“ That's to say," he observed confidentially to Albert Criddle, as they met on the pier before breakfast," as much at home as one can be in a foreign land. Damme, Sir, there's nothing foreign here but the language, and the money, and the people ;-it's only frongs for shillings, van ordinaire for beer, and combang' for what's the price of this here article ?' To be sure," he added, “their ways ain't ours exactly, but they can't help that, and if you take 'em in the lump I don't think they're such bad fellers after all ! Come up and have some breakfast, Criddle, Bell will be glad to see you, and so will Mrs. Crake; I'll be bound she's been into

que toi !"

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the marshy already ; five-and-twenty eggs for a shilling would take any woman out of her bed at daylight.”

Marketing was, in fact, the stockbroker's greatest pleasure ; it seems, indeed, to be the one object for which the greater part of our country; men go to Boulogne. That he might lose no opportunity Mr. Crake had taken a lodging in the Place d'Alton, directly opposite the principal entrance to the church of St. Nicholas.

“ I've got the whole of an 'ouse,” he continued, “ except the shop, and from my drawing-room, Sir, on the first-floor, I can marshandy as much as I please. Why it was only last night I bought as fine a young goose for three frongs as ever you set eyes on. The poultry-woman holds it up in the marshy, and looking at me as I was standing at the winder, with my hands in my pockets, Tray bong, musseer,' says she ; 'Combang,' says I ; Sank frong,' says she; Doo,' says 1,- and walks away and sets down to dinner in our sallong. Damme, Sir, I'd hardly took my seat and was just helping the pottage, when I heard a devil of a clatter on the stairs, bang open flies the door, and in busts the poultrywoman swinging the goose by the neck. Down she plumps it on the dinner-table and says she’h let me have it for four frongs; I offer her three, she takes it, and leaves the goose behind : that's what I call the way to marshandy."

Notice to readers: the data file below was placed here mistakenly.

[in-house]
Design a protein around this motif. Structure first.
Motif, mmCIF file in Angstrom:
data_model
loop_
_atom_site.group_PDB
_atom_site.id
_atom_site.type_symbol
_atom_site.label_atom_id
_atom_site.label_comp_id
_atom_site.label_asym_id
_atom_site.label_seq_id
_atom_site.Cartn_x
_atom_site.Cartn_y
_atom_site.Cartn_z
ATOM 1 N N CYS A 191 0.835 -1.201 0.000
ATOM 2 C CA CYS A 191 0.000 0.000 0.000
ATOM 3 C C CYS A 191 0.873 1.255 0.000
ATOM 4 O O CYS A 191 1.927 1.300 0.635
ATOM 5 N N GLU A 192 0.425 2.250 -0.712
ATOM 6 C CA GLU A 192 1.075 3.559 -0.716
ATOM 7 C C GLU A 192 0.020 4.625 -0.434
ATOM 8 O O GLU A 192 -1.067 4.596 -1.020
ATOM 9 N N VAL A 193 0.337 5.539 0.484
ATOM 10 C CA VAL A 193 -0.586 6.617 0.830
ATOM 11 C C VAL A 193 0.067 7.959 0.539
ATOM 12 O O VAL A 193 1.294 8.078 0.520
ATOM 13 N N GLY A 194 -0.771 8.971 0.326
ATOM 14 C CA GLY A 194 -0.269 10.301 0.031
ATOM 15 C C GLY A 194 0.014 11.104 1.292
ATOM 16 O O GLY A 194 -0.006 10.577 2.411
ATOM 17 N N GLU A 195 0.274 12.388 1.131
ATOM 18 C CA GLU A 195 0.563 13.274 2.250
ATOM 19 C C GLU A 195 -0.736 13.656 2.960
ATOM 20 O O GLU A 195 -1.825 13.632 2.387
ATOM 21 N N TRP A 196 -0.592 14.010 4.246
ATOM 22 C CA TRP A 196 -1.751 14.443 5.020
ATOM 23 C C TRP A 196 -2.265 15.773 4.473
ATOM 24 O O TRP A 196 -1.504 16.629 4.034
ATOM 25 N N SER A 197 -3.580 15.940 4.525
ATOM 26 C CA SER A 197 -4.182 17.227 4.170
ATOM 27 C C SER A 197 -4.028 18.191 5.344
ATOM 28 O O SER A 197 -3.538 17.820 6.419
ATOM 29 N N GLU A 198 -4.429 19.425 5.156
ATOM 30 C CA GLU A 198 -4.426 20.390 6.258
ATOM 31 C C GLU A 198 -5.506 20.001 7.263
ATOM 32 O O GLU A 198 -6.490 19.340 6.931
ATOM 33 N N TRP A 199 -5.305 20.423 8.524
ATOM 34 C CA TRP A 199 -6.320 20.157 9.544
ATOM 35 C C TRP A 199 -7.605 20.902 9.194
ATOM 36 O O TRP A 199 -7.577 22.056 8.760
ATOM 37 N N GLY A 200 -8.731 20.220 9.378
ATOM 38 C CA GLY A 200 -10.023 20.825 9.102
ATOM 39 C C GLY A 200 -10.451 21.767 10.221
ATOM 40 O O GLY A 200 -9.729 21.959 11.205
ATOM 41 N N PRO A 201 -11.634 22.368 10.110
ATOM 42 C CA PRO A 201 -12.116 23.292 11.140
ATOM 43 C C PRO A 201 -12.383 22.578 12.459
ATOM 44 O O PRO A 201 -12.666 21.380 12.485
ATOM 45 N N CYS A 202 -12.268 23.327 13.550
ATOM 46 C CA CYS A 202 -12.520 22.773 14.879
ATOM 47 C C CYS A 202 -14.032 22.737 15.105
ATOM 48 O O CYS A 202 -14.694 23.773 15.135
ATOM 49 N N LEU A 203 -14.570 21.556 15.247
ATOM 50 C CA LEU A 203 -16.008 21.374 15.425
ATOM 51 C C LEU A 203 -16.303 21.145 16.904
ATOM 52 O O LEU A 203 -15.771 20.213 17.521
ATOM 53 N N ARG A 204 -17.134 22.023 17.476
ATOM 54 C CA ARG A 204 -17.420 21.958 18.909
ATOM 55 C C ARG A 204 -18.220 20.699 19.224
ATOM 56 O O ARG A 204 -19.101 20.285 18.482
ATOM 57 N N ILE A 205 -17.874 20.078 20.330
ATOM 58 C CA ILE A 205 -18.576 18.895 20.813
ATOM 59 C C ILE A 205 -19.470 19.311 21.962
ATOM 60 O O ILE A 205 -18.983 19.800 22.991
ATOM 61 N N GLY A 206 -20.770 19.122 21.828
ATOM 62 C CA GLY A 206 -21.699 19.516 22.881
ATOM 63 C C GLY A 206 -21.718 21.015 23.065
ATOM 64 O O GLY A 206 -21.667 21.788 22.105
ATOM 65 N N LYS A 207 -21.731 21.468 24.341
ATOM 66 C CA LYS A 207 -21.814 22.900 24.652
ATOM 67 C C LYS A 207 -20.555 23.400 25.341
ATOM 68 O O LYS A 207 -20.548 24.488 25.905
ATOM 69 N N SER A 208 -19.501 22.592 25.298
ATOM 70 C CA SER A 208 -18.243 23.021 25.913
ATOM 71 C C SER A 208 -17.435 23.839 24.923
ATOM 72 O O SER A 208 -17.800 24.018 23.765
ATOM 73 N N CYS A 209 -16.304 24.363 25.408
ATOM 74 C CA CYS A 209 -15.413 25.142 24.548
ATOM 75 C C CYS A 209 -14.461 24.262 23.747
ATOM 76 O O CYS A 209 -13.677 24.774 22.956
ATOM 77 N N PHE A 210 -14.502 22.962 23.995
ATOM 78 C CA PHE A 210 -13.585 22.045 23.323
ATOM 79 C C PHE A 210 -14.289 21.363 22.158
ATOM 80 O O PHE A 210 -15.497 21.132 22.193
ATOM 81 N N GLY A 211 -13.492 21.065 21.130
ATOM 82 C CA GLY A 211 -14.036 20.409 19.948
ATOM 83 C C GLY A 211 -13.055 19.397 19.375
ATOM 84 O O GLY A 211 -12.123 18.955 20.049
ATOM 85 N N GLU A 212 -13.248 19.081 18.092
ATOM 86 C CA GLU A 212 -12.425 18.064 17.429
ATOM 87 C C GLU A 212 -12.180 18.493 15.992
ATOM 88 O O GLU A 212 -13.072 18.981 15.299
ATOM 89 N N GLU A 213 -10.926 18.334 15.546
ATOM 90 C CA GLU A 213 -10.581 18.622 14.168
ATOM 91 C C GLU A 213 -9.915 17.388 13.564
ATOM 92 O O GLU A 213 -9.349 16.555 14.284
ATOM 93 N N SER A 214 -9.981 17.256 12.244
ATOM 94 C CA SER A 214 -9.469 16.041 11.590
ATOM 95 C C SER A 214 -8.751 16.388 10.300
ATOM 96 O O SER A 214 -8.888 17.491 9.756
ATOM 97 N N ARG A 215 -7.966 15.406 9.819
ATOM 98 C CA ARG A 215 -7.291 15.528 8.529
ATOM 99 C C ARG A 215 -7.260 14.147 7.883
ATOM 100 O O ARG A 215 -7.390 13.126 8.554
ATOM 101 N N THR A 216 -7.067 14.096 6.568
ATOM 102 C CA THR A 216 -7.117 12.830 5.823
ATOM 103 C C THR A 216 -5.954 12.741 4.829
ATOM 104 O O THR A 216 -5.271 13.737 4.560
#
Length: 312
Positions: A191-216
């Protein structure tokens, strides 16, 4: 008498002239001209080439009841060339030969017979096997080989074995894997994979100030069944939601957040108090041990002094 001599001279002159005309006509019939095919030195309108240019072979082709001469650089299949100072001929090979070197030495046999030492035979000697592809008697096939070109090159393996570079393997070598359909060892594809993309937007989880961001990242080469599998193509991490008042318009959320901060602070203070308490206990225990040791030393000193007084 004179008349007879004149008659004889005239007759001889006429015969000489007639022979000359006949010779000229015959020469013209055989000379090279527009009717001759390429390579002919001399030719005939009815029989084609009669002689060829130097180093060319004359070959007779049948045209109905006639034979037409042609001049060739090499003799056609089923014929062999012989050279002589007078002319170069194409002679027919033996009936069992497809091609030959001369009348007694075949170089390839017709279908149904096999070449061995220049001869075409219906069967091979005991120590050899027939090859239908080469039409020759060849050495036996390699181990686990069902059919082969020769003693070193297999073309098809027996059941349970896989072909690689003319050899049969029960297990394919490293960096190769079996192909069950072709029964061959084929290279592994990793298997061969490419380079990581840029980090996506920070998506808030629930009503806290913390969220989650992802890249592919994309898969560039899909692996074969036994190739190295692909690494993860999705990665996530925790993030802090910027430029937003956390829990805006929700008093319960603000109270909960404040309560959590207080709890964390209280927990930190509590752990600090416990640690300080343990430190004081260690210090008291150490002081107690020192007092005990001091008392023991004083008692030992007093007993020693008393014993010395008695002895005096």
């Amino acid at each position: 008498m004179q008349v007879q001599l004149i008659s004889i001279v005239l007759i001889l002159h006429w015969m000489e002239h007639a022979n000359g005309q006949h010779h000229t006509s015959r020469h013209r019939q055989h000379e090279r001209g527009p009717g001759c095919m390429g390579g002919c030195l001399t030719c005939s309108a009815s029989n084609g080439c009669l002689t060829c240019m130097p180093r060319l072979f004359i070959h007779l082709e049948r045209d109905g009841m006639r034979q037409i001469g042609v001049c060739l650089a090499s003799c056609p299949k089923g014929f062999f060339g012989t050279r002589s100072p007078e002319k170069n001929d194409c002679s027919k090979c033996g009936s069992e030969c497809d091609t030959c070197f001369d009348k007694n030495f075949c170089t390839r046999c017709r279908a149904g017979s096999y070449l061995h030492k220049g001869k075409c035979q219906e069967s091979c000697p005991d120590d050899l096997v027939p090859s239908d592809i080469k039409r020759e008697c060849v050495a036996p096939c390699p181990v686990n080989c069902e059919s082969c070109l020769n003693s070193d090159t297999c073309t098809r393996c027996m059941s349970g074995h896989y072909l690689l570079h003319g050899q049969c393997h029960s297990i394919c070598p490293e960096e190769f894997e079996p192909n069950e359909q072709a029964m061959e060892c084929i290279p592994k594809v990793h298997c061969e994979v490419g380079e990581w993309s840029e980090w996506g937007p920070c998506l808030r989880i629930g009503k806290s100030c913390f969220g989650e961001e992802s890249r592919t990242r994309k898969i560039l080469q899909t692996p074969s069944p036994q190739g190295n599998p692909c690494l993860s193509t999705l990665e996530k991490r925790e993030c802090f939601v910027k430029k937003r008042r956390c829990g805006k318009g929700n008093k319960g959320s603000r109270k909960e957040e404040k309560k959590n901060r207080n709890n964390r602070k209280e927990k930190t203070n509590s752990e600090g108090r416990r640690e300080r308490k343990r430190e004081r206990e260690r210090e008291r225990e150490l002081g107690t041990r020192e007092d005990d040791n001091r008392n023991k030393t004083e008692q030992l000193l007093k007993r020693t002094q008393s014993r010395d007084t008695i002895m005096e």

Mr. Crake forgot to add that when the cook saw his purchase she informed him he had been “done,” but as the stockbroker refused to acknowledge the fact she privately determined to add fifty per cent. more to everything she bought for household consumption, and she never swerved from that resolve.

The apartments in the Place d'Alton were, however, pleasant enough for those who did not mind noise, “ You could see everything that was going on," said Mr. Crake. “And be seen by everybody," thought the fair Isabel, and, “for the sake of the costumes," which were “so picturesque," she took up a permanent position with her drawing-materials at one of the windows ; the stockbroker, while he was in the house, occupied another ; and Mrs. Crake, with her netting, filled up a third.